By: JOSH PATTERSON, Wednesday, April 18, 2018 1:00 am
Adam Sauder just wants a shot.
The 2011 Leo graduate returned to Phoenix on Monday after departing from The Spring League, an “elite development league and scouting event for professional football talent,” according to the league website. Sauder, who went undrafted following a career at Taylor University where he earned All-American honors twice as a defensive back, switched to outside linebacker as a member of the South team.
“I felt like it went well,” Sauder said of the move from the secondary. “It was a little bit of a transition learning that position, but after a couple days I felt like I caught my stride. (Outside linebacker is) where (my agent and I) think I have the best possibility of playing at the next level.”
While the 6-foot-3, 220-pound Sauder lacks the pedigree of a big-time NCAA Division I program – such as his team’s starting quarterback, Johnny Manziel of Texas A&M, or running back Ben Tate of Auburn – he remains hopeful that his performance in The Spring League opened the eyes of at least one of the 18 NFL teams or the 4-6 CFL teams that sent scouts to watch games held at the University of Texas in Austin.
Sauder’s performance for the Arizona Rattlers of the Indoor Football League in 2017 certainly aids in that effort. He finished the season ranked sixth leaguewide with 96 total tackles and tied for seventh with 11 passes defensed. With such a heavy emphasis placed on whether or not a player can perform in the pros, the 25-year-old thinks he has something to offer any team that may have interest.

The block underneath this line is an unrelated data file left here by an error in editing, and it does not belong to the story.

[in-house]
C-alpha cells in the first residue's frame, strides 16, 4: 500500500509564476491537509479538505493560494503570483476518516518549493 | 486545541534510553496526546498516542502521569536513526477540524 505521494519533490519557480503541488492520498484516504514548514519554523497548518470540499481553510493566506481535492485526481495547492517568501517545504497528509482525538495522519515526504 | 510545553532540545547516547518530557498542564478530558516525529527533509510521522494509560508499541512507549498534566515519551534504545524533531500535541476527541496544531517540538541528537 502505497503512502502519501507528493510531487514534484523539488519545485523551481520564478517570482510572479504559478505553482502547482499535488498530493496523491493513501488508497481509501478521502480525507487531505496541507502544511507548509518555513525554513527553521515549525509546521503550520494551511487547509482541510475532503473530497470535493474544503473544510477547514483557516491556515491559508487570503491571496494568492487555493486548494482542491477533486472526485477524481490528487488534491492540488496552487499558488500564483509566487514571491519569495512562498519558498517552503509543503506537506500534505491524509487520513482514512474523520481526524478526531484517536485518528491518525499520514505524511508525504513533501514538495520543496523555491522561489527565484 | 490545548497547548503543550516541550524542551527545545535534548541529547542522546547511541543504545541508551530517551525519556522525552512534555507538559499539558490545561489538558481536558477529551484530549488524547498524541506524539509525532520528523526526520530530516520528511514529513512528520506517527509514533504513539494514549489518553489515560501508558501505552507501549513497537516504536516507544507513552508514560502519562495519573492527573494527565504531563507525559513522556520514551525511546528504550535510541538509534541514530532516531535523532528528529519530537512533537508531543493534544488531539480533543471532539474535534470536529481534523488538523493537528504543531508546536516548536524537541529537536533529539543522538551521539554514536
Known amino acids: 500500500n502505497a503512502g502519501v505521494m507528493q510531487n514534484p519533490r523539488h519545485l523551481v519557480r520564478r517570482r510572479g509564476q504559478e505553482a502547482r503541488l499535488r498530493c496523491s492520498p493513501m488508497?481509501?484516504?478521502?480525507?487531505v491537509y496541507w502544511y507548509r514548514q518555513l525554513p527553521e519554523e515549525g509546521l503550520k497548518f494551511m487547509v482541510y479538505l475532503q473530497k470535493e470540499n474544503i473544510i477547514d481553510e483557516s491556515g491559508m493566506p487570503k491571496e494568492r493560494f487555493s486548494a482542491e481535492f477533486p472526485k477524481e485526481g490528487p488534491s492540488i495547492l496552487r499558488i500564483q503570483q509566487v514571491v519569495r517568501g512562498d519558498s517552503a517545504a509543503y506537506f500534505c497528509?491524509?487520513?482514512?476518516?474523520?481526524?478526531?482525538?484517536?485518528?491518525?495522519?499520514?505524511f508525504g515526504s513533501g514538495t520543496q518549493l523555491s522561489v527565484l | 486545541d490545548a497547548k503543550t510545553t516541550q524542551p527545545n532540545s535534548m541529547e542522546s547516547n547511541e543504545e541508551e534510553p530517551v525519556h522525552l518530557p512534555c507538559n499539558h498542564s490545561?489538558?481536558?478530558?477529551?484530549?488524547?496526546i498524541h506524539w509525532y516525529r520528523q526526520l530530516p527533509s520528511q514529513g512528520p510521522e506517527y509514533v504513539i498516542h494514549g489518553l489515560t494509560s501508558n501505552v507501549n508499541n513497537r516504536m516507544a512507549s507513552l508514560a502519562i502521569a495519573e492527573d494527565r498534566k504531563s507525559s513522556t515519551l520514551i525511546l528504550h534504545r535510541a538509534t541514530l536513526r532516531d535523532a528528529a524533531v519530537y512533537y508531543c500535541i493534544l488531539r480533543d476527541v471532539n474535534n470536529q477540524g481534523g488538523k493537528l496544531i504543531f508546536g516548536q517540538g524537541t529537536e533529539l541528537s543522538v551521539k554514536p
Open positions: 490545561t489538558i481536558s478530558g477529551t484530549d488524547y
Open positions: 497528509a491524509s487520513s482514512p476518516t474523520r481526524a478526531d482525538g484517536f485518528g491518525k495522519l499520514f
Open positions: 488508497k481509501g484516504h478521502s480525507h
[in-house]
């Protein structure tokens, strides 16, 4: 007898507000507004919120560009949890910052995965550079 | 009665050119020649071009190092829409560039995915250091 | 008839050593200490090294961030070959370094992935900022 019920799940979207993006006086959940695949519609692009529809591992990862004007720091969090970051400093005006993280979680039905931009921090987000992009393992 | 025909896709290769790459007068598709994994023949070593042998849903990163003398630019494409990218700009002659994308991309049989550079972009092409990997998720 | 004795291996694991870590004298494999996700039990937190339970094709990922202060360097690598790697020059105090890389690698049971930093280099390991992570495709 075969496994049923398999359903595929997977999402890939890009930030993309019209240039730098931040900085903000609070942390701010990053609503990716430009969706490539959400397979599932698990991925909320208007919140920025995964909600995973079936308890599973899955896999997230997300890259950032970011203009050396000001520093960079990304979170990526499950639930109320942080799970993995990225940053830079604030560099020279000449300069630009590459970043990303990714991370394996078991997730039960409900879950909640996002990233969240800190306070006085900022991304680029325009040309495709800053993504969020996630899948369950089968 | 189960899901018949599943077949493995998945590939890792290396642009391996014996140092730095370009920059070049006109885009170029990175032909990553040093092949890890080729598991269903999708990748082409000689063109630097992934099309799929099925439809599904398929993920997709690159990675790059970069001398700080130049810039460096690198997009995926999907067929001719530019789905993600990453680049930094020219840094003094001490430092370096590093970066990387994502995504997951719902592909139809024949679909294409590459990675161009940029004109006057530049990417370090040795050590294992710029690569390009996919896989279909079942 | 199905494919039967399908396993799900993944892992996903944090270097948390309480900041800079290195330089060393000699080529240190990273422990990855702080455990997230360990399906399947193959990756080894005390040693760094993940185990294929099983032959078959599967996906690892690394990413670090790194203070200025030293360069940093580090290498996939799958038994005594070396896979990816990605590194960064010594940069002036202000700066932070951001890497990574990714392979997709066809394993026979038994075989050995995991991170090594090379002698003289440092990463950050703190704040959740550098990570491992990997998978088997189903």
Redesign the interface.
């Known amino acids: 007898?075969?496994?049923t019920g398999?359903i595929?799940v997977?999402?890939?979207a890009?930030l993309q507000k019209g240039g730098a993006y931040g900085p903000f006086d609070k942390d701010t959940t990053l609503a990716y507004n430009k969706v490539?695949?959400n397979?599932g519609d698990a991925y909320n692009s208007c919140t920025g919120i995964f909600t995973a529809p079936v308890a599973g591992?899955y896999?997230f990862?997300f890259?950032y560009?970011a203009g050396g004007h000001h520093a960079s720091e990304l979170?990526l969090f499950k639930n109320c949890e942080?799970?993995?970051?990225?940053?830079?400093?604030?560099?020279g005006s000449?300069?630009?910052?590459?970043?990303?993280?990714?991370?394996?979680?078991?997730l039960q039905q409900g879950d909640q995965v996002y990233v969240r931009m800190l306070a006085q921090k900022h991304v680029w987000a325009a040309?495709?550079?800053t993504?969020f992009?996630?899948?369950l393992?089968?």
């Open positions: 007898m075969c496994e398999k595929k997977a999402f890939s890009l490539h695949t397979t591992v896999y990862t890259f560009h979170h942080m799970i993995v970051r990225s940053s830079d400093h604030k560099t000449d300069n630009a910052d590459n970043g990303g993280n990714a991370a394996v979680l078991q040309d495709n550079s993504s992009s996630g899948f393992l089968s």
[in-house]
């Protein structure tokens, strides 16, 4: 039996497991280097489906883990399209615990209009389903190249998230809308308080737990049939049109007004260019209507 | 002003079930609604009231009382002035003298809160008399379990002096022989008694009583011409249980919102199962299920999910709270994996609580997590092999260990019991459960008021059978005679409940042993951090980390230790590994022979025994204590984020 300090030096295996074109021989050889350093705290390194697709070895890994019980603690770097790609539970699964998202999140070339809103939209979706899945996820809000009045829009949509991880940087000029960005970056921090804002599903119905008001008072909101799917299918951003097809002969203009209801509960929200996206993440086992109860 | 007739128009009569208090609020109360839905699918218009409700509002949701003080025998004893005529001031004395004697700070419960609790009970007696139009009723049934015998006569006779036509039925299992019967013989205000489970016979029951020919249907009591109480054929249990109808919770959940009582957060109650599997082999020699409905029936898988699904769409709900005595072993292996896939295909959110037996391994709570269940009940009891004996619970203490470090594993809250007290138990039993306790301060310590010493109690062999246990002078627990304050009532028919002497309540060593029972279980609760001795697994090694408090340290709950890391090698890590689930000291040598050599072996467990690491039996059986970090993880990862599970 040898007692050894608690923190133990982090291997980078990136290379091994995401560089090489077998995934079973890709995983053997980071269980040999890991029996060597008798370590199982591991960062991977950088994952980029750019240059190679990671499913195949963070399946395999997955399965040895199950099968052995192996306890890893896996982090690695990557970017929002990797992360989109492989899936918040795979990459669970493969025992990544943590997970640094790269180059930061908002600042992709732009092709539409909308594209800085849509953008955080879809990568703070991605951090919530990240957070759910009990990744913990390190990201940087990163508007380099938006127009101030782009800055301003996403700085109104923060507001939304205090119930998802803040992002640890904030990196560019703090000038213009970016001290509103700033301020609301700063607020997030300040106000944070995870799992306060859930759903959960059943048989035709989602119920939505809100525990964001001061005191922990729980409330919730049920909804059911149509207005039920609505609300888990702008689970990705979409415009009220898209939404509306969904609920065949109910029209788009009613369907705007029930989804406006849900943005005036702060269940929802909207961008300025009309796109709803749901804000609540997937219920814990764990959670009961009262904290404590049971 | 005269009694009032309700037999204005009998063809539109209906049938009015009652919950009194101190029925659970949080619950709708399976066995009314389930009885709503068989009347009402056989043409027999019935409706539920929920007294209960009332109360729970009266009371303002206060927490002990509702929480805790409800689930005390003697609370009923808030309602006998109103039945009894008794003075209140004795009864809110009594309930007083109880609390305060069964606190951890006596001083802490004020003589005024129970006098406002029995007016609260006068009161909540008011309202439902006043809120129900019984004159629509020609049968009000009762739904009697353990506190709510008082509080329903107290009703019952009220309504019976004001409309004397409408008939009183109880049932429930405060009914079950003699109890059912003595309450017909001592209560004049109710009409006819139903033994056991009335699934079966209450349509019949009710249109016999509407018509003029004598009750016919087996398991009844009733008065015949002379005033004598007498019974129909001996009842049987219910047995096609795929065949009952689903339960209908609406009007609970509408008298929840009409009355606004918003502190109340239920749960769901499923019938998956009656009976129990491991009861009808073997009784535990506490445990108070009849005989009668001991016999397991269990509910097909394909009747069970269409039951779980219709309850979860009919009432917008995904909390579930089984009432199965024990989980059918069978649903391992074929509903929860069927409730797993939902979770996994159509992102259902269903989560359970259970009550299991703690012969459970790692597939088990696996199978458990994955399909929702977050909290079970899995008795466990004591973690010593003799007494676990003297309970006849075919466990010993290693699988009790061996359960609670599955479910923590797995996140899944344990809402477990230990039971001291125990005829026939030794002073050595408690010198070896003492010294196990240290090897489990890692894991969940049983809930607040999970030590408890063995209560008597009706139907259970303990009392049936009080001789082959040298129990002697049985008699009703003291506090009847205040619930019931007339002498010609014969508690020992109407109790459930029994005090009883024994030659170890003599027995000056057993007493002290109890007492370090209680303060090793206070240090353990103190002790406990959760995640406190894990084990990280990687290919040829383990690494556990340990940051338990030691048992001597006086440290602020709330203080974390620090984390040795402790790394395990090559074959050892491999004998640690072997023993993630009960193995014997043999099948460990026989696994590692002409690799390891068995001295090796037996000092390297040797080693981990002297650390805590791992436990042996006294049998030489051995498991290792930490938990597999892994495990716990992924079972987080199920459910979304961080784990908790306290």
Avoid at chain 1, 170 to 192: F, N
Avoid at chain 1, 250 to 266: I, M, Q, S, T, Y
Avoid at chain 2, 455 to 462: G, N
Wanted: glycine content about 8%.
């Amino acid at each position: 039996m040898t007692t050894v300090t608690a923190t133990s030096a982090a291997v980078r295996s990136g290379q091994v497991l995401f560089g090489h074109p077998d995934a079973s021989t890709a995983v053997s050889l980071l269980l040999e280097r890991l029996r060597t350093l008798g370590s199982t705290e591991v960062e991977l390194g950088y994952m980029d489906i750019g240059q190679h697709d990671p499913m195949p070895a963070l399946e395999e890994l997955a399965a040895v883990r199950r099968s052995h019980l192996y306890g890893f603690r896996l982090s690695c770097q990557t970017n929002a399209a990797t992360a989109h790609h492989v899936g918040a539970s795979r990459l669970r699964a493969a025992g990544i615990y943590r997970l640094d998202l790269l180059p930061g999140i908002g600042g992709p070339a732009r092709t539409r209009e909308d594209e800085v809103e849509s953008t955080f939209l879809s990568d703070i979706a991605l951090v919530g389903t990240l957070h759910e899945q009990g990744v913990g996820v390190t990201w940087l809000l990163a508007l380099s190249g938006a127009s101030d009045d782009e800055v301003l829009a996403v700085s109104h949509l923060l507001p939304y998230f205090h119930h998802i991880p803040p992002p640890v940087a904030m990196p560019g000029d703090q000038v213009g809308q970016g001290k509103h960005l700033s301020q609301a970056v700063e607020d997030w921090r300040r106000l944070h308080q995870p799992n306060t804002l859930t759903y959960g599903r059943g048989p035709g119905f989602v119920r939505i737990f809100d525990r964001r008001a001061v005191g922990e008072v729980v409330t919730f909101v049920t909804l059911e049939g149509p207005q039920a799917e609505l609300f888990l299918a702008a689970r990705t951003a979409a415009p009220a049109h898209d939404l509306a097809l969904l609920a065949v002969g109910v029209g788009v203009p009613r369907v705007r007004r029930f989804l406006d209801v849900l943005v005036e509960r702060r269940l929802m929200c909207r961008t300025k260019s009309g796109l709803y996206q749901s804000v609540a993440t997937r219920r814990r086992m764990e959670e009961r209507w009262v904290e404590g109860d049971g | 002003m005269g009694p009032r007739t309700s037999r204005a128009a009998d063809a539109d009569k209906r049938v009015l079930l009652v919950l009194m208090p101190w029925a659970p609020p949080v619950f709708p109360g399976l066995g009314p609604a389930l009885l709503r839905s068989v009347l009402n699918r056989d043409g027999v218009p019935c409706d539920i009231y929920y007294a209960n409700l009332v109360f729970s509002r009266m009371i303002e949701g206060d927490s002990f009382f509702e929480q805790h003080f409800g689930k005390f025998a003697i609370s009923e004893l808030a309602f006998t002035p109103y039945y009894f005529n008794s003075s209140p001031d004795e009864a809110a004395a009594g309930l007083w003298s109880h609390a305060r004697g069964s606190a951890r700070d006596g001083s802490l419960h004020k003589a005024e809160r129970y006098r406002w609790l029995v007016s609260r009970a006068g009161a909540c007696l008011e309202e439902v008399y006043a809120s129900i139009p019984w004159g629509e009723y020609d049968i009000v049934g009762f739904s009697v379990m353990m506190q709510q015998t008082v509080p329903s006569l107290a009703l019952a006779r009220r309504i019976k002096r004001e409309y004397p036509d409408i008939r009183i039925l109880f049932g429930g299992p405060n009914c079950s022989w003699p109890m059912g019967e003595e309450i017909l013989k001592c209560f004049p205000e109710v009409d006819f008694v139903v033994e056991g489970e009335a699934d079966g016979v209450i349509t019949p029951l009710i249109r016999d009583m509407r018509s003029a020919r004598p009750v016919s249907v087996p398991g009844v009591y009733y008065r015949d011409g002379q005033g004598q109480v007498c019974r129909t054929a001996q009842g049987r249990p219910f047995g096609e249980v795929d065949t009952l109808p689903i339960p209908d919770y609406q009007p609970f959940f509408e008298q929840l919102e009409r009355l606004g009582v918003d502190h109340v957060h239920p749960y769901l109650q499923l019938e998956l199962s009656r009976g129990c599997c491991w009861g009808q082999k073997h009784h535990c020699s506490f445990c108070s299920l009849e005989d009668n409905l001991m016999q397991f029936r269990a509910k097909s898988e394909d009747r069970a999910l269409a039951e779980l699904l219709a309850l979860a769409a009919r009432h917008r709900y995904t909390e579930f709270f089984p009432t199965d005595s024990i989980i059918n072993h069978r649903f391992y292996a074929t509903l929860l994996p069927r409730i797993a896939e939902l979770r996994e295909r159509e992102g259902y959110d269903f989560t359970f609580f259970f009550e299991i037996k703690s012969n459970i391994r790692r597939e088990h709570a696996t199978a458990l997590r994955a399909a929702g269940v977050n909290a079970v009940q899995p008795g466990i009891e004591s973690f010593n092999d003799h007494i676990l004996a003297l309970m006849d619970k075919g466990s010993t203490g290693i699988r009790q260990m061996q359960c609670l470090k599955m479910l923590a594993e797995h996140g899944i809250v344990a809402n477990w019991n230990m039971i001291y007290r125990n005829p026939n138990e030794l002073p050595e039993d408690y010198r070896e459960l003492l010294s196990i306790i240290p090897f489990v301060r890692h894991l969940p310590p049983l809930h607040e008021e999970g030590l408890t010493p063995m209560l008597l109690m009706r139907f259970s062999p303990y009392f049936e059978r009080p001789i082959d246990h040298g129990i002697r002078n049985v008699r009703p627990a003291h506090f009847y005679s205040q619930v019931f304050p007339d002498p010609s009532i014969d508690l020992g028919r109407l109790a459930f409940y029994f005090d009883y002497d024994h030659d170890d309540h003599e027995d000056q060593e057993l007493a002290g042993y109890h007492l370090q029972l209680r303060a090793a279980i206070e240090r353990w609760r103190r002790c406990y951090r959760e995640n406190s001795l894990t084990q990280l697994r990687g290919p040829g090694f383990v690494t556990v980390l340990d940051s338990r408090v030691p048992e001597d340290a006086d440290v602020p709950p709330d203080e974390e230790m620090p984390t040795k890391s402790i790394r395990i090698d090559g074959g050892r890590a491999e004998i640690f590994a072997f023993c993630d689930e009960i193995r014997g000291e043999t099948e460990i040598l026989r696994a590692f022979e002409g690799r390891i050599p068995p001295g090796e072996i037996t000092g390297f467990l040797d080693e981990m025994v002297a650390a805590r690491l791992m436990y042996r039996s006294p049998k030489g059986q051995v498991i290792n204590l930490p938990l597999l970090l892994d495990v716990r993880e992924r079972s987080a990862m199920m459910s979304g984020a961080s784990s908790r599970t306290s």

“It gives me some standing within the pro sports world that I can make plays and be productive on the football field,” Sauder said of his exploits with the Rattlers in 2017. “You can be the best athlete, but if you’re not producing on the field teams are going to overlook you.
“If you’re not going to be able to help the team win, they’ll look past you pretty quickly.”
While Sauder doesn’t currently plan to return to the Rattlers, that option remains on the table, which would give scouts another opportunity to see what he can do at his new position.
“I haven’t talked to (head) coach (Kevin) Guy or any of the coaches about the possibility about me coming back and playing for them,” Sauder said. “With any sort of indoor or arena league, you have a lot of turnover with players, so the possibility is there.”
For now? The waiting game beckons. With the NFL draft set to run April 26-28, each team’s scouting department continues to scour footage from thousands of athletes across all levels of college football, along with the tapes submitted by many more free agents.
At this point, all that’s left for Sauder is to let his agent reach out to teams with a singular goal – one more chance to show what he can do.
“(I’ll) put together the game film from The Spring League, and they will send us a list of all the scouts that were there,” Sauder said. “I’ll give that to my agent, and I’ll let him contact those teams and hopefully one of them sees something they like.”